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    • Week-end Wrap – Political Economy – October 17, 2021
      Week-end Wrap – Political Economy – October 17, 2021   Strategic Political Economy “You lost. Stop acting like you won” [White Hot Harlots (lyman alpha blob), via Naked Capitalism Water Cooler 10-14-21] “The abortion issue has been lost. I cannot fathom any plausible near or medium-term scenario in which the actually existing American left mounts a successfu […]
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While we were watching OccupyWallStreet…

… it appears that our Congress was paying absolutely no attention at all.  Greg Sargent’s Plum Line has the gritty details about how Republicans, and some Democrats, are planning to vote down Obama’s jobs bill.  The entrails do not look good for Democrats in red states that oppose the bill according to Stan Greenberg:

Top pollster Stanley Greenberg is not shy about criticizing the White House when he thinks it’s warranted, and his opinion is widely respected by Democrats in Congress. So if Greenberg tells moderate Senate Democrats that they vote against Obama’s jobs bill at their ownperil, will they believe him?

In an interview with me this morning, Greenberg made a strong case that moderate Senate Democrats in red states would be foolish and shortsighted if they vote against the American Jobs Act today, as some of them appear to be prepared to do. The White House and Dems have been railing against Republicans for opposing the jobs bill, but if a few Senate Dems defect, and a simple majority of the Senate doesn’t support it, that will dilute the Dem message that Republicans are the key obstacle to progress on the economy.

But Greenberg’s case for voting for the bill went significantly beyond this concern about overall party messaging. He argued that moderate Democrats who vote against it are actually imperiling their ownreelection chances.

“They reduce their risks for reelection by showing support for a jobs bill that’s going to be increasingly popular as voters learn more about it,” Greenberg said. “They have to be for something on the economy, and this the kind of proposal they should support. If I were advising them, I’d say you want to be backing a jobs bill with middle class tax cuts paid for by tax hikes on millionaires. Moderate voters in these states very much want to raise taxes on the wealthy to meet our obligations.”

That bill leaves a lot to be desired for sure, but those of us out of work need jobs.  If the OccupyWallStreet movement hasn’t gotten through to Congresscritters yet, let me spell it out: Any organized opposition to putting people to work is going to be extremely unpopular.  Maybe that will fall most heavily on the Republicans, but I recall that it wasn’t too long ago that Tim Geithner said on behalf of the Obama Treasury Department that life was about to get a lot more unpleasant for the unemployed.

You know, I just find that unacceptable.

If the (inadequate) jobs bill goes down, expect a lot more unpleasantness between the 99% and the people who are standing in the way of living wages and decent healthcare.  If Congress is this politically tone deaf, a good number of them need to be replaced.  If I were them, I’d be cautious because OccupyWallStreet looks like the perfect forum to explore starting a third party and there is enough time between now and November 2012 to make a difference.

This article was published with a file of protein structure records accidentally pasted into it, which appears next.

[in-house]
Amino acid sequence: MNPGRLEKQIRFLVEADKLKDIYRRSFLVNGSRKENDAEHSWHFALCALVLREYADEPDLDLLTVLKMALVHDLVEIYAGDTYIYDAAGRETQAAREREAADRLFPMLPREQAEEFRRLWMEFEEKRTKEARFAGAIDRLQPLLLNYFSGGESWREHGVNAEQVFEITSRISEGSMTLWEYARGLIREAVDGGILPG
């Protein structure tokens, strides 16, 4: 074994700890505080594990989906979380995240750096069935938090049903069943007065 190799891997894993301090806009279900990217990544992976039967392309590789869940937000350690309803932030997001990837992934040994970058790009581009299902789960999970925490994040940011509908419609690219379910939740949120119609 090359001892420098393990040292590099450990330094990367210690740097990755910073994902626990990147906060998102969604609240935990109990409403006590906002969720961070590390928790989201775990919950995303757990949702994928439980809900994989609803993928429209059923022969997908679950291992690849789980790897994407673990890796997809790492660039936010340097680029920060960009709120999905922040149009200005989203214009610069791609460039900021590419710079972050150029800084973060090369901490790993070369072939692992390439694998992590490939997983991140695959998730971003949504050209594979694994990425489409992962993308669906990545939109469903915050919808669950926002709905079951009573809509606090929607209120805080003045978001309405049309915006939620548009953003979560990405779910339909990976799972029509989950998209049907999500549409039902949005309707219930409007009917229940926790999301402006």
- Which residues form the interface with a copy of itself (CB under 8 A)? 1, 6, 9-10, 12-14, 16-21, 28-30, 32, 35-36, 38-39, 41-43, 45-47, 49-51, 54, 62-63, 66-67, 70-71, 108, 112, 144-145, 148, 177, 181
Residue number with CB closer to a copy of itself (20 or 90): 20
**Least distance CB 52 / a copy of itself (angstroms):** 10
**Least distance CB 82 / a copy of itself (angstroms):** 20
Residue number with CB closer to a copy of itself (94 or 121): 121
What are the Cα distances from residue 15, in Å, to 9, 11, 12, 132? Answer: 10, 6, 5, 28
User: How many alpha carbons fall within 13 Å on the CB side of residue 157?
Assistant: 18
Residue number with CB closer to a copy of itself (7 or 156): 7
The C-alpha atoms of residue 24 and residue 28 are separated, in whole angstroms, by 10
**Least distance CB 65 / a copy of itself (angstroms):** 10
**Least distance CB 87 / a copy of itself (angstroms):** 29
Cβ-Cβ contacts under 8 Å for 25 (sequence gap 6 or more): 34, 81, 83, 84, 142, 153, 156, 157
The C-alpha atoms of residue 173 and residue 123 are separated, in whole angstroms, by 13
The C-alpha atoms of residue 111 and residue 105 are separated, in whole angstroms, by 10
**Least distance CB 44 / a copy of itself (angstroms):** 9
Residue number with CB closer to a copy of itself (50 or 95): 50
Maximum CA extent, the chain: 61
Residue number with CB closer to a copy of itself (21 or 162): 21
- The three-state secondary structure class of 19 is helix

Know when to hold ’em, know when to fold ’em, know when to walk away

I go to a Mad Men blog these days to chill out from politics.  If you follow Mad Men, you know that Betty Draper found out who her husband really is and that, added to all of the other emotional insults she’s taken over the years, has forced her to come to some decisions in her life.  The first is that she doesn’t love him anymore.   She’s been flirting with a Republican political operative (back in the days when there was such a thing as a liberal Republican) but she rebuffs him in his office when he wants to boff her on his sofa.  It’s tawdry, she says.  And she walks away.  Two episodes later, he proposes to her.  He still hasn’t slept with her.

One of the commenters at Basket of Kisses says that Betty is using a classic negotiation technique: she comes to the table prepared to walk away from it.  There is a line she isn’t willing to cross.  (We’ve seen Betty do tawdry so we know she can.  It’s just that her other little fling didn’t have any high stakes attached to it.)  When it comes to the rest of her life, Betty is being very choosey.

Last year, we were hotly criticized for not jumping on the Obama bandwagon.  We were called every name in the book.  We were told we were jeopardizing the lives of other women because we wouldn’t budge even in the face of Deomcratic scare tactics when it came to abortion.  Some of this was because we doubted the sincerity of a party that scrubbed all references of reproductive rights from most of their candidate’s websites.  But mostly it was because there was a line we were not prepared to cross.  We were not going to let the Democratic party benefit from our votes when we knew they had disenfranchised many of us during the primaries.  We were not going to let the party take our votes for granted.  If they wanted them, they needed to give us something first.  They didn’t and we didn’t.  We walked away.